Every incident and every response offers new lessons learned. As Hurricane Ike narrowed its path toward the Gulf coast last week, task force units and response teams from across the country packed up and drove in while the locals drove out.
Ike's arrival was no surprise. Anybody with a television or radio heard the hurricane was approaching almost a week in advance. Residents had time to play "What if?" and decide whether to evacuate or stockpile food and water. Hourly weather reports narrowed the path of the wily storm‘s target.
The storm passed, and out-of-state response teams returned home. Soon, after-action reports will offer lessons learned for improvements before the next call out. Already Louisiana State Fire Marshal B. “Butch” Browning has offered insight on two areas: pre-hurricane communications and care of incoming response teams.
A former fire chief, Browning became state fire marshal five months ago and immediately assessed the fire departments in the state — volunteer, combination and career — and their experiences with Katrina.
“During Katrina, the 200 fire marshal deputies had no pre-plan function emergency plans,” Browning said. “This time we changed that and our deputies were assembled into response teams to provide medical and rescue and assistance to firefighters in local communities.”
Three days before Hurricane Ike, Browning assigned 60 deputies to touch base with every local fire chief and preparedness director in what they anticipated would be the affected parishes.
“We did it for three reasons: first, to establish a line of communication; second, re-remind them of the process to request state assets, and third, to let them know we were going to be there before, during and after the storm to check on them,” he said. “It built the confidence that if they needed state assistance, they knew somebody was carrying the responsibility for the fire service to get what they needed.”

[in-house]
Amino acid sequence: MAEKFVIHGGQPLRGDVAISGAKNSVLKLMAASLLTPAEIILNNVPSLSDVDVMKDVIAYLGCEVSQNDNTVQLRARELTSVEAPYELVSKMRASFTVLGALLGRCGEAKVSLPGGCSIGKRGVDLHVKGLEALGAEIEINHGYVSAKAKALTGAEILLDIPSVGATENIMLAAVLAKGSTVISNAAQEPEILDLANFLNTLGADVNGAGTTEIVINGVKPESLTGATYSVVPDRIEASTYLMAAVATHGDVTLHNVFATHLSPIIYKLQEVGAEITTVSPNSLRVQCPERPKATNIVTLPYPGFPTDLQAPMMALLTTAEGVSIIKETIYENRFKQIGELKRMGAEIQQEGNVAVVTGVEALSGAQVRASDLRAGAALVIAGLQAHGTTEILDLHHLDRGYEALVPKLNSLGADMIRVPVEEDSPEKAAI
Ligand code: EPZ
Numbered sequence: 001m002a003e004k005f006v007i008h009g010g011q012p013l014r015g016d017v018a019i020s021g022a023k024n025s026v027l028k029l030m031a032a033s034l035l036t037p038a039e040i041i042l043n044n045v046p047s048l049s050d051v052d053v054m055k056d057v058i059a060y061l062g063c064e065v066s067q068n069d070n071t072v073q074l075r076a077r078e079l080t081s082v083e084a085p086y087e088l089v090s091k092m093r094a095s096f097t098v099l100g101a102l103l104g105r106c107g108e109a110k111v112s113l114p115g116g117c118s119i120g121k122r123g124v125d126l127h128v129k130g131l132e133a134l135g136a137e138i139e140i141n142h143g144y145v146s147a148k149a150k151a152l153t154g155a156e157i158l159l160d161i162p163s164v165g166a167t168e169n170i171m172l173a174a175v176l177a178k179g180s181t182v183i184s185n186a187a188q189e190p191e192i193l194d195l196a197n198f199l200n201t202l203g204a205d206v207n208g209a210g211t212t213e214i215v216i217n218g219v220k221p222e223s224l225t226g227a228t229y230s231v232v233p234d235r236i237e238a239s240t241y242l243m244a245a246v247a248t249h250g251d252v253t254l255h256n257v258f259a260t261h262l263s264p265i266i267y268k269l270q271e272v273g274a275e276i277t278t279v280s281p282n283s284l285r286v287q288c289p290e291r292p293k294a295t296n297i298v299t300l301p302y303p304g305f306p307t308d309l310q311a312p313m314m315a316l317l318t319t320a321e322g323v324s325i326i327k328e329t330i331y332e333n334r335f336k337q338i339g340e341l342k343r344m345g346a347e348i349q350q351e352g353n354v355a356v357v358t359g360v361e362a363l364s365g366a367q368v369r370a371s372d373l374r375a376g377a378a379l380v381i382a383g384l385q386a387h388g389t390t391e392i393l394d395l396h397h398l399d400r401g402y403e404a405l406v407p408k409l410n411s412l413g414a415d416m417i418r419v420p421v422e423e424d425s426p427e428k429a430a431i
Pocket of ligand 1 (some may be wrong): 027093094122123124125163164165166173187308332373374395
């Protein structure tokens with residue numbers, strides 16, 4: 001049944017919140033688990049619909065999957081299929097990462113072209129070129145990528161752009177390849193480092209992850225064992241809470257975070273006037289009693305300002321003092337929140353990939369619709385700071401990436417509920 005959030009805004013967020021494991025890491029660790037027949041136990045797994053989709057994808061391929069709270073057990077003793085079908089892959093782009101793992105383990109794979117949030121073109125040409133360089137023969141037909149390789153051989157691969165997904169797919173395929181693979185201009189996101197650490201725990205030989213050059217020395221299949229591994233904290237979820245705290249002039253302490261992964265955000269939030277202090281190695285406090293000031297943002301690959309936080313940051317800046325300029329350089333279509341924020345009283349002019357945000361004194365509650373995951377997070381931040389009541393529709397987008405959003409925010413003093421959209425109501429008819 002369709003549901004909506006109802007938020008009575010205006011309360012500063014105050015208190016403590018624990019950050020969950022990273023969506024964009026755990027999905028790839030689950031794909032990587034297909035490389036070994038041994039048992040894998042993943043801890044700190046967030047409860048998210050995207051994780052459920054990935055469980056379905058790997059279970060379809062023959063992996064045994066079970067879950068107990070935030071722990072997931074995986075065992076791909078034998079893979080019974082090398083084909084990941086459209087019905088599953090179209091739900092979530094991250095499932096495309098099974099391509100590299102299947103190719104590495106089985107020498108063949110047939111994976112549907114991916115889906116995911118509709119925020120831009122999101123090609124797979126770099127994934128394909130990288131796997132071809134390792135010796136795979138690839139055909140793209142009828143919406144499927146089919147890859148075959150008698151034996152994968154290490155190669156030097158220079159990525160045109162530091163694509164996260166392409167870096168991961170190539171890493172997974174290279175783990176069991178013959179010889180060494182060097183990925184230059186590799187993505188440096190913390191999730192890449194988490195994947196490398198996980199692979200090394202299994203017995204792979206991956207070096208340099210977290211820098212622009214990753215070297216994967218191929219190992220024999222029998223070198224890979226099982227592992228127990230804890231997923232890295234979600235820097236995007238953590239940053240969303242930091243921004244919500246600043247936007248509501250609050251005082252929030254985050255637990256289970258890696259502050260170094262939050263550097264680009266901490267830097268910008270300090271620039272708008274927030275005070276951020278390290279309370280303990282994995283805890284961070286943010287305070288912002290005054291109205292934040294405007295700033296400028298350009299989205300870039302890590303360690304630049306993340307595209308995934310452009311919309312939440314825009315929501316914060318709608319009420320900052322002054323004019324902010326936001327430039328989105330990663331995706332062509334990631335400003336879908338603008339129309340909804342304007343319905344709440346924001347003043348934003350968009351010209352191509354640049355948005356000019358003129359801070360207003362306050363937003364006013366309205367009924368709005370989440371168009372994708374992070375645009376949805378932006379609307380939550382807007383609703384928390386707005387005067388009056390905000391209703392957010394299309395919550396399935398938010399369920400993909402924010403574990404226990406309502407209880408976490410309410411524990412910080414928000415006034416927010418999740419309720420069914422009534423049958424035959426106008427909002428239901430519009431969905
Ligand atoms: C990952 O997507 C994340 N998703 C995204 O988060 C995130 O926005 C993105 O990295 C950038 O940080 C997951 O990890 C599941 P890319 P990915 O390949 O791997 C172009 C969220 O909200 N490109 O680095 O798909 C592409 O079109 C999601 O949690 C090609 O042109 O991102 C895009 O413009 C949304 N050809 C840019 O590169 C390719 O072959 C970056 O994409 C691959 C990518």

Based on input from those departments, the state fire marshal‘s office determined it needed 450 firefighters — 200 firefighters to backfill the big cities and the remaining to support volunteer and combination departments. Browning advised fire departments to move their equipment from low-lying areas. “I think we maybe lost only one or two pieces of apparatus, mainly because of response,” he said.
Browning sent an Emergency Management Assistance Compact request for an incident management team from New York City. In addition, 200 New York firefighters and 260 Illinois task force members with equipment responded.
“We deployed about 80% of those firefighters within a day and a half of their arrival," Browning said. "There wasn‘t a single request that we didn‘t fill with in-state or out-of-state firefighters within hours of request."
Browning also committed to improving the care and feeding of incoming response units. As with any disaster, blocked roads, downed power lines and flooding prevented food and water from reaching some of the incoming response teams. While the incoming units are prepared to self-sustain for 72 hours, time spent for re-assignments and deployment holds can eat through their provisions quickly.
Browning gave a lot of credit to the local fire chiefs that communicated with the fire marshal‘s emergency operations center.
“Fire chiefs know what they need to do,” he said. “What fire chiefs need is someone on the state level who can give them the resources when they need them and as quickly as they can and that‘s exactly what this fire marshal‘s office has done.”